With a two-week break looming in U.S. 1’s publication schedule (that’s correct — our next issue will be August 10, not August 3), now is the time to take to heart our advice offered in this space last week. If you rely on U.S. 1’s event listings for planning your life outside of work, be sure to check with the venue before leaving your home or office, and also double check our online listings. While this issue of the paper will be in circulation for 14 days, the online listings are updated daily.
The most recent case in point: The popular cardboard canoe race in Plainsboro was listed in our July 20 issue as happening on Saturday, July 23. But families showing up that day discovered the event had been postponed due to the oppressive heat. Wouldn’t it have been nice to know that before venturing out in 100 degree heat?
So how do you keep up with us as we strive to keep up with the changing events scene? One way is to visit our website — www.princetoninfo.com — every so often and click on the link to today’s events, tomorrow’s events, or all future events.
Another, easier way, is to follow princetoninfo on Twitter or Facebook. Through these social media we deliver a 6 a.m. announcement highlighting the day’s upcoming events. You can link to it at any time you want (we don’t expect everyone to be up and at ’em at 6 a.m. and — we admit — we usually pre-schedule that 6 a.m. tweet). And by scrolling through the online listings, you will also find direct links to the websites of most venues. If you had come across the Plainsboro Public Library’s listing of the canoe race that sweltering Saturday, you could have clicked through to the library’s website and discovered — in large bold letters — that the canoe race had been postponed.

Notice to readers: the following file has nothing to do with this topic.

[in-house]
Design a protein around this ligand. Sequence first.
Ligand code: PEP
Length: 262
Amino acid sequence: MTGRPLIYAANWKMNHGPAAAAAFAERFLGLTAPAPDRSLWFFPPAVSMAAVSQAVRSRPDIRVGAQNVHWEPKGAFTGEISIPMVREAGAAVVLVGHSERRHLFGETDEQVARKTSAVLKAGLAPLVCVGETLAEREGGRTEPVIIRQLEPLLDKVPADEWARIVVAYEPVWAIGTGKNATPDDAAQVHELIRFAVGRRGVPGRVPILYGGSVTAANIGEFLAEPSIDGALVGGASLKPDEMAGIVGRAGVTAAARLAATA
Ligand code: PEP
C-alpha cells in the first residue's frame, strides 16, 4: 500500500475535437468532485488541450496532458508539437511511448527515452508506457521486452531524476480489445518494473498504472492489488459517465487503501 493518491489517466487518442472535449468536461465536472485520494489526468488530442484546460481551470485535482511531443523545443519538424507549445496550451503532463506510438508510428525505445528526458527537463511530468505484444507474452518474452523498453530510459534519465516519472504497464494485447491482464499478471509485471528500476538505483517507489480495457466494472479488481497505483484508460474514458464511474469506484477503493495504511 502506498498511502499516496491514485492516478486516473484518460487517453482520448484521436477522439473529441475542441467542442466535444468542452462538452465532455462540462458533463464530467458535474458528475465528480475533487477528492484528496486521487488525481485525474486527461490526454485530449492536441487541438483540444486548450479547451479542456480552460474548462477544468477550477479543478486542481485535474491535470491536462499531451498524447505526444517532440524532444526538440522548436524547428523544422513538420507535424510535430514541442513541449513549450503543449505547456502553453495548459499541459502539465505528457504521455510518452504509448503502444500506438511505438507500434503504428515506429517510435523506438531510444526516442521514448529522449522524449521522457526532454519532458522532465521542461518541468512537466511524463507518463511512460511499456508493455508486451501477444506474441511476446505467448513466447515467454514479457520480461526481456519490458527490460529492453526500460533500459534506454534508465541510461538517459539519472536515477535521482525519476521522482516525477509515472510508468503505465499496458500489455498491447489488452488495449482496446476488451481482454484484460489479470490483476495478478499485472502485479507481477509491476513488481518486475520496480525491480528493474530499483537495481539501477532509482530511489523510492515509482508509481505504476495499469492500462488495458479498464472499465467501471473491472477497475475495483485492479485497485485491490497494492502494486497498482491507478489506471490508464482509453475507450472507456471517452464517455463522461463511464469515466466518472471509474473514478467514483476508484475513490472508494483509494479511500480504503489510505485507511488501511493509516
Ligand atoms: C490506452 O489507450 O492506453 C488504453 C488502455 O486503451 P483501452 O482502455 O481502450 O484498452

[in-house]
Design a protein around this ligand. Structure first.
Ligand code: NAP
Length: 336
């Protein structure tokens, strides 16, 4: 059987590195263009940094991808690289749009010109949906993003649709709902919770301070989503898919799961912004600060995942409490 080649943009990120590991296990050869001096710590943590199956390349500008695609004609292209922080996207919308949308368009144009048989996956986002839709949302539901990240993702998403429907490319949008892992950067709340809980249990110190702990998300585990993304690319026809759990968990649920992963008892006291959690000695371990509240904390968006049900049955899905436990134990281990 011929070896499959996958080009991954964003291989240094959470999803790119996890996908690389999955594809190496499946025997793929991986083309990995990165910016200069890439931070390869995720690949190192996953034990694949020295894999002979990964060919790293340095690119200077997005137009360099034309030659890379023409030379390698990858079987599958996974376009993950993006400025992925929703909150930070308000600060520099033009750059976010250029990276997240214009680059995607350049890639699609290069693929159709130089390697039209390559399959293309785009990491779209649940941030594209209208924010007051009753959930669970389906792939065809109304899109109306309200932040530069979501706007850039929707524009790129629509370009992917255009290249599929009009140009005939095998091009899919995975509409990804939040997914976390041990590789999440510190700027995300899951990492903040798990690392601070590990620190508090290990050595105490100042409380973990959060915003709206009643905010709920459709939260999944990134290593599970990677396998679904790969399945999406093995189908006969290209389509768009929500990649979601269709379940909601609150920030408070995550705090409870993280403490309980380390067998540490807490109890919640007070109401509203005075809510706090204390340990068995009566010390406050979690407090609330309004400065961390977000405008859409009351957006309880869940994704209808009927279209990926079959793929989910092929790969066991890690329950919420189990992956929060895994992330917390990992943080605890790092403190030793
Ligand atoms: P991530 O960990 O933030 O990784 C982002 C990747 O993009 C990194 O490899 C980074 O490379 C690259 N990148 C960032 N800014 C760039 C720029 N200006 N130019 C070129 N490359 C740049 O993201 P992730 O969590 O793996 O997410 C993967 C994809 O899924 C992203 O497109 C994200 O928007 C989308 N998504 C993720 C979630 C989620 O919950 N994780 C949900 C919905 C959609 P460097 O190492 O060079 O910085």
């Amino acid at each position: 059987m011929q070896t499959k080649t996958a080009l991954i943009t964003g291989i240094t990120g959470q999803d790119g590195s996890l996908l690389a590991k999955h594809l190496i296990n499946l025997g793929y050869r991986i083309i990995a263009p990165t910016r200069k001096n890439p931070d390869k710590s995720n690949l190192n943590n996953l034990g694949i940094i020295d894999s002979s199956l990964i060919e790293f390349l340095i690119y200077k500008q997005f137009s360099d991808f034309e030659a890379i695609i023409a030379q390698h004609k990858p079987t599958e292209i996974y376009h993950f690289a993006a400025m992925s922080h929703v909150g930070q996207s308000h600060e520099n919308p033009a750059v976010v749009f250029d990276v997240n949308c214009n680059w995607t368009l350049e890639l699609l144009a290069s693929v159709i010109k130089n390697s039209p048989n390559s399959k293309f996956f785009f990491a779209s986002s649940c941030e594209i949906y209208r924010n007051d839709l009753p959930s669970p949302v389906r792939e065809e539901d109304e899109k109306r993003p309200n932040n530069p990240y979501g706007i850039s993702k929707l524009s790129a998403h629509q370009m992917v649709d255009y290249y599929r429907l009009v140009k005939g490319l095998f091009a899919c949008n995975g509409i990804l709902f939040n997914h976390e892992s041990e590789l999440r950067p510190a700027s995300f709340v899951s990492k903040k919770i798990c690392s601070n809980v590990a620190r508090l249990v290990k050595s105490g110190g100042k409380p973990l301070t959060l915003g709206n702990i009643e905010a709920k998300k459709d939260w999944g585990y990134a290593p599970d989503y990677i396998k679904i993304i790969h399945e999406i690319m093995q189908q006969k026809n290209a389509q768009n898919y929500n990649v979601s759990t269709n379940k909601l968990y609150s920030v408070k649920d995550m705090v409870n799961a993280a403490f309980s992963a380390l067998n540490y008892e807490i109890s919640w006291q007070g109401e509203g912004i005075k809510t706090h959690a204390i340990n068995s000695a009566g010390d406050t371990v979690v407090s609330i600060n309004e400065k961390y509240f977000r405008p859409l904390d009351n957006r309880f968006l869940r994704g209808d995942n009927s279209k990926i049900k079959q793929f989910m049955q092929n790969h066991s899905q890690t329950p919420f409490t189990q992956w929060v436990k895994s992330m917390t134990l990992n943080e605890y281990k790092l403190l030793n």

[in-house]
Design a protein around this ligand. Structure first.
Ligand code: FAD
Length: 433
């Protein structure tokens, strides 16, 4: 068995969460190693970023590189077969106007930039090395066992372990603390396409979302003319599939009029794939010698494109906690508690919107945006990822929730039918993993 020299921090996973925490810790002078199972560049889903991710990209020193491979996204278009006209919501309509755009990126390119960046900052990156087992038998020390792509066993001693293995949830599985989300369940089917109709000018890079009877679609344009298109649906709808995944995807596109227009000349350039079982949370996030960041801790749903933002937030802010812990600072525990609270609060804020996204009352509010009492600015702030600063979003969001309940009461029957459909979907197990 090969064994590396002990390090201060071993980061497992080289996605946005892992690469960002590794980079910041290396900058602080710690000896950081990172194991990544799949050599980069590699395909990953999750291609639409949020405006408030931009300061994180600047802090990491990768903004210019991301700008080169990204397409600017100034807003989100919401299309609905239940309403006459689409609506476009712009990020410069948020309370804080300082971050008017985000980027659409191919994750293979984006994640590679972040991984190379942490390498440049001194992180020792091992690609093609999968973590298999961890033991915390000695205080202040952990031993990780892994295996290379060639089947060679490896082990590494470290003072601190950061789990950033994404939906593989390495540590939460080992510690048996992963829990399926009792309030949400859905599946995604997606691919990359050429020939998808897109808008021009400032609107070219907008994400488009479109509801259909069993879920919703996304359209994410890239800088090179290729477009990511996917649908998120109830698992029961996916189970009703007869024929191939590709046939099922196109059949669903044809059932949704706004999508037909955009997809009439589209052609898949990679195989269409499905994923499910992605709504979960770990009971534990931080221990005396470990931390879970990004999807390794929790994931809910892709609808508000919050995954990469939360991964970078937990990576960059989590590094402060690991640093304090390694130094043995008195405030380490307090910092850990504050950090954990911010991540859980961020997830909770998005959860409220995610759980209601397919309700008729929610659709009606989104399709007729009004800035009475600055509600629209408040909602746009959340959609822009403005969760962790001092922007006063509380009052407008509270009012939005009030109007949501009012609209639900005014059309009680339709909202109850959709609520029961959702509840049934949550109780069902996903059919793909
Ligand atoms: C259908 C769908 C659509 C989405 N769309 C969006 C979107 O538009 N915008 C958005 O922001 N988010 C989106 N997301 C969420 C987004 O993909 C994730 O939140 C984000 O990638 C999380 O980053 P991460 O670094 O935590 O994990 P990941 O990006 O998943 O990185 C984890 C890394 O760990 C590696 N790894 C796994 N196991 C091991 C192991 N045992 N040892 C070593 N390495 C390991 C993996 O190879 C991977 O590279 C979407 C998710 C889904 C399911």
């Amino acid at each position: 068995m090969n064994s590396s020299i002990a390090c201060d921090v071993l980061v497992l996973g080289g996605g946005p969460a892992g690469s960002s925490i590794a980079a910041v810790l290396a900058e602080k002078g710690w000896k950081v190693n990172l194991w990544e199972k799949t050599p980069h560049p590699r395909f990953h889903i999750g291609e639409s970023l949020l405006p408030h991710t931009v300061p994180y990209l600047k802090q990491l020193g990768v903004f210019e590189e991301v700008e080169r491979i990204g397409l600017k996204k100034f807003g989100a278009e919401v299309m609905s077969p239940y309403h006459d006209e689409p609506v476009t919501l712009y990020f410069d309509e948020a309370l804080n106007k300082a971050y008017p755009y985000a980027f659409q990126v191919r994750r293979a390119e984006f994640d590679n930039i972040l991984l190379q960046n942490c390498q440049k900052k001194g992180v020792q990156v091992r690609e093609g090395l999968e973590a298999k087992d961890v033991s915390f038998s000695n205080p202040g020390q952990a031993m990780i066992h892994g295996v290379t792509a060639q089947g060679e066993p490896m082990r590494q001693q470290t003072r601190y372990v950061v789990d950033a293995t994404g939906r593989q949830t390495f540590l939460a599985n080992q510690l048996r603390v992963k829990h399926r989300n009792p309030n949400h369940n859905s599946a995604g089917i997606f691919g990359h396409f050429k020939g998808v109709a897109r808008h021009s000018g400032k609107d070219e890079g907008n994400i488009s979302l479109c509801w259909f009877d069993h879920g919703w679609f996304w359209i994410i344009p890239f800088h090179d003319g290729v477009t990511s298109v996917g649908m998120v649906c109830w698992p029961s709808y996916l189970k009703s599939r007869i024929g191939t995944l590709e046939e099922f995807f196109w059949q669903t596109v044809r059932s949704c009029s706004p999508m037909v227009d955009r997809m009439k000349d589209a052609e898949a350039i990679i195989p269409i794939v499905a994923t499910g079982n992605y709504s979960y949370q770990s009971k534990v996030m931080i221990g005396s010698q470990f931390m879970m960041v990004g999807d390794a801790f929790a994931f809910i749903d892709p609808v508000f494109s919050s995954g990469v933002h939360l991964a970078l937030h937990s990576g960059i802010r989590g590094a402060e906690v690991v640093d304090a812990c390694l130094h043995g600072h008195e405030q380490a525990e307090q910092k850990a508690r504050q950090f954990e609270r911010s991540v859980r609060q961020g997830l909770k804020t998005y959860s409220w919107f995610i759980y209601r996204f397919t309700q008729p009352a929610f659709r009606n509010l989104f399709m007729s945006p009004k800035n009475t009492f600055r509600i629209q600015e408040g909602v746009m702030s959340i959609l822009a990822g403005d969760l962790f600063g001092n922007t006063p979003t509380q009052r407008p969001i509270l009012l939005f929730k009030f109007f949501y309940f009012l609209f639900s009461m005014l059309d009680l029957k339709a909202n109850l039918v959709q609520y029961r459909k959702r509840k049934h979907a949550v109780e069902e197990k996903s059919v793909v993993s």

One more advantage to the Twitter/Facebook approach: We not only tweet the daily update, we also send alerts when we find out about cancellations, extra performances, special ticket offers, etc. That July 26 presentation to Princeton Borough Council on light rail options for the Dinky? Our Facebook and Twitter followers learned about it early in the day.
So while some of us will be on vacation in the coming days, others will be standing by at the office, updating our events database (send your information to email@example.com) and posting information to our online resources. We hope you will take some extra time to enjoy the short stories and poems in this issue. We will see you again in print in two weeks, and we will update our website in less than a day.
#b#To the Editor: Costs v. Savings#/b#
I can’t help but notice the plethora of ads promising to save me 15 percent on car insurance. When I think about it, three ways I can save 15 percent are as follows:
Cutting my 2,000-calorie-a-day diet by 300 calories (saving 15 percent on meals.)
Turning off all the electricity in my house for 216 minutes a day (saving 15 percent on my electric bill.)
Shaving six days a week instead of seven (saving about 15 percent on shaving cream.)
But I am not — repeat NOT — looking to save 15 percent on my car insurance! Why? Because as a licensed insurance professional, governed by the New Jersey Department of Banking and Insurance, I know if I pay 15 percent less in insurance premium, I am more than likely getting 15 percent less coverage.
That means my assets are not 100 percent protected, and an initial small savings could cost me big-time in the long run.
Also, if and when the day comes that I need to make a claim, I’m not certain an unlicensed reptile, or caveman, or quirky TV character will be properly trained, or in the position, to advocate on my behalf.
When it comes to insurance, when one saves on the front end, one will most likely pay more on the back end. And the costs will not be entirely monetary.
Inadequate insurance coverage will cost time, energy, and emotional angst following a loss, as well as a percentage of one’s assets. When it comes to managing your risk, why risk it?
Jeff Perlman, CPCU
Perlman is partner of Borden Perlman Insurance, based at 2000 Lenox Drive, Lawrenceville.